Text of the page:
11. please don't take this as an attack - I'm well aware that you had nothing to do with it. But I can see how potentially there is a connection for her where that being left out was a reminder that "you're not one of us, you're just the adopted kid". And in her mind, she is "the adopted kid" because you put her in that position.. hence the resentment and anger towards you even though it was her aparents that left her out.

  12. Understood. The reason for the break is coming.

  13. Anon 10:30am wrote:" The adoptees mindset is that you don't belong, you're not wanted, you're in limbo - not the person you were supposed to be but not really the person you've been expected to be in your afamily either. You have 2 names and you're both and yet neither."

    That's one of the best descriptions I've ever heard of being adopted. Adoptees are neither fish nor fowl. We are not 100% of our adoptive families nor our original families. It's a hard row to hoe.

  14. I'm aware my comment on this post is a year late, but I am not talking to my birth mom now and was researching things I could do to stop feeling guilty about it. I remembered as I read the comments about the push pull part of the relationship, and its natural/UN-natural cycle. My birth mom and I butt heads on a lot of issues and recently I had to cut off contact with her because her opinions about my life and my beliefs. I also carried the burden of having to be the one who did all the work. (make all calls, come visit) It is too much of a burden to carry all the weight of contact. In her eyes, if I do all the work, then it gives her acknowledgement that I want to have relationship. If I didn't call, then it means I do not want to have relationship. She recently posted an article on facebook about how you can't be a Christian and support gays, I commented respectfully about how I disagreed. She went off on me publicly about how I do not know the bible, and how I have never been happy. (I am very happy, I am doing my life's work, I have a wonderful loving boyfriend.) I respectfully commented back that this could have been a healthy debate, but it turned personal. I de-friended her and told her to take care of herself. My guilt is that I was supposed to have her in my life for the past 20 some years, but am I supposed to have her in my life for the next 20? Heavily burdened? Do not put all the pressure of contact on the adoptee to reach out to you, reach out if you want, if denied, let it go..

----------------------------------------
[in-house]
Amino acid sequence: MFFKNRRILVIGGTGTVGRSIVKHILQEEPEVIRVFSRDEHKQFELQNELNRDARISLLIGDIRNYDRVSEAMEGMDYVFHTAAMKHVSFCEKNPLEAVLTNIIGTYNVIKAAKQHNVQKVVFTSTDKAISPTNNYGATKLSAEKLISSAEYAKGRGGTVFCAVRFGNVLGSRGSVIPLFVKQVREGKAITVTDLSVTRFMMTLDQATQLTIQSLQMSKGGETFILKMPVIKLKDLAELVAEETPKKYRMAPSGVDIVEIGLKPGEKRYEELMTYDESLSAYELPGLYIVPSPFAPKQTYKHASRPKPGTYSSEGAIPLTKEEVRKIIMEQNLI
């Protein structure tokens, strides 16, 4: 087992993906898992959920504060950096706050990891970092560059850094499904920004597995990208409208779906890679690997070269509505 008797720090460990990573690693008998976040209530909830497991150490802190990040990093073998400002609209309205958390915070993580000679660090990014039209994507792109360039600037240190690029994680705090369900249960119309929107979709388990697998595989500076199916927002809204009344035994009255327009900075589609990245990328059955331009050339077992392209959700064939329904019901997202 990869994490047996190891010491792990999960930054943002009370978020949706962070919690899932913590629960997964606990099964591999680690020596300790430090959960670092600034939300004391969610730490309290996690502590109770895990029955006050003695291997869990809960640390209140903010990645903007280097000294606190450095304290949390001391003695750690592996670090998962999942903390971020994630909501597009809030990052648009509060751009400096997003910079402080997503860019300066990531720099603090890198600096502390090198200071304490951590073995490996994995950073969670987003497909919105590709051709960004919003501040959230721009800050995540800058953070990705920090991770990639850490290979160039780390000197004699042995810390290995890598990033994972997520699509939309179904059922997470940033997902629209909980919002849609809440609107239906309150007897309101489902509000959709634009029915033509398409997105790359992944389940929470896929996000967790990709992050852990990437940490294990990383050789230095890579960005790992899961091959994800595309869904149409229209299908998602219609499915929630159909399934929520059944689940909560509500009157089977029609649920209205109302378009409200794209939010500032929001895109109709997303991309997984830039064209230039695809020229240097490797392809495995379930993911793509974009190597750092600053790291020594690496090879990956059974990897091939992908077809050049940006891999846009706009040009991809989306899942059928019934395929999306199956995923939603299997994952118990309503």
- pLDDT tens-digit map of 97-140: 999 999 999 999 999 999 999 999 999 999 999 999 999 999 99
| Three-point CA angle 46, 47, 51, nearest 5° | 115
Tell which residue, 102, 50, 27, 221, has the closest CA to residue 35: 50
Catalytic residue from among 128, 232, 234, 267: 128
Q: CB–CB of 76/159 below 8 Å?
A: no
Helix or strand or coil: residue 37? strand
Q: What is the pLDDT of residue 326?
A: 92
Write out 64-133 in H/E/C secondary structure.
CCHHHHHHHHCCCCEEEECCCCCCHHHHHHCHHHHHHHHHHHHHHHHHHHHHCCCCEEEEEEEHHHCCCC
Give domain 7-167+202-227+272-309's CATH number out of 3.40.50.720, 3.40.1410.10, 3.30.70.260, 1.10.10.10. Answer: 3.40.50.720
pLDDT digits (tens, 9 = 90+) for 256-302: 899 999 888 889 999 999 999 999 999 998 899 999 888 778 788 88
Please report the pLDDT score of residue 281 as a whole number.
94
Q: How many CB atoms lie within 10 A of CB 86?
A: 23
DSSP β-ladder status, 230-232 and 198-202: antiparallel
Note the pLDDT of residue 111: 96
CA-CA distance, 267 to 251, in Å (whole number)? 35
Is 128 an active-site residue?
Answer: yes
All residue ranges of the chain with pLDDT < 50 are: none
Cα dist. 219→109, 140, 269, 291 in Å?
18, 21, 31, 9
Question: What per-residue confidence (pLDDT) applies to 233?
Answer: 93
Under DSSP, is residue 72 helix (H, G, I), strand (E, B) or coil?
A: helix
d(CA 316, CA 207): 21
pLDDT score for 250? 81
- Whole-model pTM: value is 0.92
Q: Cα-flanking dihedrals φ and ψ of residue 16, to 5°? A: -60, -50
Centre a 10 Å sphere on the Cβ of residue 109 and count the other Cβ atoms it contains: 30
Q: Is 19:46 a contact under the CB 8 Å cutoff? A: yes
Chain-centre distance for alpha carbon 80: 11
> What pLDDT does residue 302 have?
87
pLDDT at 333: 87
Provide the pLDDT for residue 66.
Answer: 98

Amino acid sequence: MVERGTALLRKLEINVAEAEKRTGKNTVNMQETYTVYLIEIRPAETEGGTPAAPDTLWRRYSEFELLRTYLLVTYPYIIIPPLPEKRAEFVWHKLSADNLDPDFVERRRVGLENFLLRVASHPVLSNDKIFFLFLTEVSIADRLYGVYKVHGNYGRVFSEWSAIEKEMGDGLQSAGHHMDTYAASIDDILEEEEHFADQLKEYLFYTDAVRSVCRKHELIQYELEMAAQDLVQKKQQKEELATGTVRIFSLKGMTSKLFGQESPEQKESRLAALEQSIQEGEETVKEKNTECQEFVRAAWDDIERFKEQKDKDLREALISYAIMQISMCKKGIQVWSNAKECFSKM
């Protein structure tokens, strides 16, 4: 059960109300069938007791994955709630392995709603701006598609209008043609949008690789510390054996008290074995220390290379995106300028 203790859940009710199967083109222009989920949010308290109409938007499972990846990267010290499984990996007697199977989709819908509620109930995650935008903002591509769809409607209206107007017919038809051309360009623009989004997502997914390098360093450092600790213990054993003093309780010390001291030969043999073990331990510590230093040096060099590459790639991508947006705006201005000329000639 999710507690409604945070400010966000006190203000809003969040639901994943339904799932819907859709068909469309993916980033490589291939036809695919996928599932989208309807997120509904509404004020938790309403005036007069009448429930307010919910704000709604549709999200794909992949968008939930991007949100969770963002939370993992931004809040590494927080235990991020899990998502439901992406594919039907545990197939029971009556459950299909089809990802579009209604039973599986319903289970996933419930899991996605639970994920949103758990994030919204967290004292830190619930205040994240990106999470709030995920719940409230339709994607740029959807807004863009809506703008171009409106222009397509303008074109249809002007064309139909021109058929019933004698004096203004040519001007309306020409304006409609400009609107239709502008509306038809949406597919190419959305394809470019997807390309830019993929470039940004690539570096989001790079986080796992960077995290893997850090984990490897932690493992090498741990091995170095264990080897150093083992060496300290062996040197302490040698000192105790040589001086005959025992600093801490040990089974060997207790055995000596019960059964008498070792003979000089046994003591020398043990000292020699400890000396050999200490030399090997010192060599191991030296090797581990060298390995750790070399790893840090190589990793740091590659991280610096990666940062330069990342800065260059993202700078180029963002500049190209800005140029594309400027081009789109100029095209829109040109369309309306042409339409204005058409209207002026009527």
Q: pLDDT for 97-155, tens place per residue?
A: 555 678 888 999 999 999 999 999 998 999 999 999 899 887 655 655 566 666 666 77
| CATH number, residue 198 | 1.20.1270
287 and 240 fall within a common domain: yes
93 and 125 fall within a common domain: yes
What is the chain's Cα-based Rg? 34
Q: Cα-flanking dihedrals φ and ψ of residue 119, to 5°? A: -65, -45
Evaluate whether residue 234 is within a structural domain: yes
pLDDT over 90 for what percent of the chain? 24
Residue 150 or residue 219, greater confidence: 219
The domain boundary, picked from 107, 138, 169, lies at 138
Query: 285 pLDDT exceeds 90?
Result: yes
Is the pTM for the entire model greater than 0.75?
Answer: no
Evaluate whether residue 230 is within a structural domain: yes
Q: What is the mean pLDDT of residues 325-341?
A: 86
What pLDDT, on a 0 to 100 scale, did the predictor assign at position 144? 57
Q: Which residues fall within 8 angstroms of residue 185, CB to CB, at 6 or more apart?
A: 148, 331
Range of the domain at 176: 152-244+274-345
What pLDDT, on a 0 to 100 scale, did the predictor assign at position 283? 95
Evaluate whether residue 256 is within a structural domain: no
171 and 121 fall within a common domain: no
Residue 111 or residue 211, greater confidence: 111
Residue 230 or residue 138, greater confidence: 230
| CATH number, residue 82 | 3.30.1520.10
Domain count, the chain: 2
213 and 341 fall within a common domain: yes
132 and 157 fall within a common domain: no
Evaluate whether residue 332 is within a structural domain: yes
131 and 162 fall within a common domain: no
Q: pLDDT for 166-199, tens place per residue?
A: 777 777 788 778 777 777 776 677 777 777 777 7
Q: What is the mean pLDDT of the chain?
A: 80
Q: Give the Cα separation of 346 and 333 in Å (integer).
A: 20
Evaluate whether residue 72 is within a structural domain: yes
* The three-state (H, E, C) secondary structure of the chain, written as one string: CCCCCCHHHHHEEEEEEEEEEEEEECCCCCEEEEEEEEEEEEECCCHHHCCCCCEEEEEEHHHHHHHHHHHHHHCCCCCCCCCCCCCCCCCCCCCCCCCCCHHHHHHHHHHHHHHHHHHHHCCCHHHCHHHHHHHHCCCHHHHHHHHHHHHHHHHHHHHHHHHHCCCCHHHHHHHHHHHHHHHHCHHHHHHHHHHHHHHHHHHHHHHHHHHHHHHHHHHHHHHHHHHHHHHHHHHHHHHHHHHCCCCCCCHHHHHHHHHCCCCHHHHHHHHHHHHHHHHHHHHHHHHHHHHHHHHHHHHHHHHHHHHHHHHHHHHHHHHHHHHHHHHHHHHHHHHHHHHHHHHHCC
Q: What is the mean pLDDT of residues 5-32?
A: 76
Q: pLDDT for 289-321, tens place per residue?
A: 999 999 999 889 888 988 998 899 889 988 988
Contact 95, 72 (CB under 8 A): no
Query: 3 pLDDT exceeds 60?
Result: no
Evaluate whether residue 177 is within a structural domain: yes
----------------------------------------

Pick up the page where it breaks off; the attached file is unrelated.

1. Ann -- what I've said in many posts comes down to this: The People who want to be in your life will be, you don't have to go chasing after them.

      My daughter came and went a zillion times it feels like--it was probably only six or seven times over a quarter of a century, but it always hurt like hell and then she would always just call and say: How are you? and we'd pick up from there. In this particular case....her adoptive mother was the reason.